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NSW embraces entrenched council
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NSW embraces entrenched council

ECLECTICISM won the day at last week’s Law Society of New South Wales AGM after members gave their vote of approval to a controversial plan to furnish lawyers of a variety of persuasions with…

ECLECTICISM won the day at last week’s Law Society of New South Wales AGM after members gave their vote of approval to a controversial plan to furnish lawyers of a variety of persuasions with guaranteed council seats.

Needing a three-quarters majority to effect a required constitutional change, the motion was passed when 76.9 per cent of voters approved a proposal slightly altered from the one narrowly defeated in 2002.

According to Law Society President Robert Benjamin, who welcomed the change that will now see government, corporate, and big firm (40 partners plus) lawyers assured of two seats each on the 21-member council from next year, around 80 per cent of members cast votes.

Likening the result to “getting a referendum across the line”, Benjamin anticipated the new face of Council would naturally identify with a greater range of members. He said entrenched positions would ensure groups such as corporate lawyers, who constitute 12 per cent of the profession, but historically cannot muster the voting power to manage a representative on Council, would be provided for.

“There was a good debate at the AGM about the motion, but nothing acrimonious,” Benjamin said. “It’s (passing the motion) a good structure to take into voluntary membership next year because more sectors of the profession will be represented on Council.”

Sources who were at the meeting reported voices of disapproval amongst those in attendance. One dissenter was keen to challenge the right of Young Lawyers to maintain an entrenched seat, despite the profession’s junior members totalling almost half the society’s 18,000 plus membership base.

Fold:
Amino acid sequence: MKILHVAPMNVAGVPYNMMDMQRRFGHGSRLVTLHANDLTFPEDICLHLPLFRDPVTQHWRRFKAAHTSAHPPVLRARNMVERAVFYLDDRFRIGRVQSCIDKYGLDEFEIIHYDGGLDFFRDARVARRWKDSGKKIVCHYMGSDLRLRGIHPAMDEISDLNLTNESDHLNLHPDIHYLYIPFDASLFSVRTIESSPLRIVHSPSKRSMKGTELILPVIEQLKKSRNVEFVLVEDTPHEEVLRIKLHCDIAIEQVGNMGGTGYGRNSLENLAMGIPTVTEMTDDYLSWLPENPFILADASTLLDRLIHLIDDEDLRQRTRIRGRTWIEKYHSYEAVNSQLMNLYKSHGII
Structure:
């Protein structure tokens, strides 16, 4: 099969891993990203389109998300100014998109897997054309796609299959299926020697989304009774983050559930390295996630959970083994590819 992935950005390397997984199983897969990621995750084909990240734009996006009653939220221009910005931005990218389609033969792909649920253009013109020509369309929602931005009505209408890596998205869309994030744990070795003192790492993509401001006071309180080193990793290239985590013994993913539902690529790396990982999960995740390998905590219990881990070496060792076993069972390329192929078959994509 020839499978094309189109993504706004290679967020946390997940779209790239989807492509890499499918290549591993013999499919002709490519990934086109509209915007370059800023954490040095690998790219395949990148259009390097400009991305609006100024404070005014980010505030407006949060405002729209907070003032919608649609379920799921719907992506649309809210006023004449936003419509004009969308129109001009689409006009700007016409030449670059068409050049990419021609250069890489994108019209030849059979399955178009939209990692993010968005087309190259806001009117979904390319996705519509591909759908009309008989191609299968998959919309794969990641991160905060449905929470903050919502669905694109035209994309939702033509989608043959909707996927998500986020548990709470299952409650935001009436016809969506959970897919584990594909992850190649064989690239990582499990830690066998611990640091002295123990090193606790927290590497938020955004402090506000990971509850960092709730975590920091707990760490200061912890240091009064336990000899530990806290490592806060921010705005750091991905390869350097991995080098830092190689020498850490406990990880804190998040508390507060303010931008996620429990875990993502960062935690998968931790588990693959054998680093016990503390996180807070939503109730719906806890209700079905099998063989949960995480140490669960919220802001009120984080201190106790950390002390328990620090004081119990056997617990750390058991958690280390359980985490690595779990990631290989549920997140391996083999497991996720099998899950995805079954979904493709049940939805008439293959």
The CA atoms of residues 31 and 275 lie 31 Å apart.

The yearly debate over the president’s allowance saw a number of attendees label next year’s rise from $150,000 to $160,000 too high.

Benjamin, however, countered suggestions that remuneration for the top job is excessive by instead claiming the president deserves more.

“When you take into account a few things, such as the fact it’s a full-time job that takes you out of your practice for not only the 12 months as president, but also the six months beforehand, I think it’s a bit low,” fired Benjamin, who said he had not enjoyed a single weekend off since Easter. “No-one wants to argue his or her income, but for an organisation that turns over $35 million each year, you’d have to be kidding to suggest $160,000 is too much.”

“Upon retiring, most presidents have suffered a significant financial loss. If there is not a proper allowance in place, the wider profession will be alienated from the role and it will only be available to those who can afford it.”

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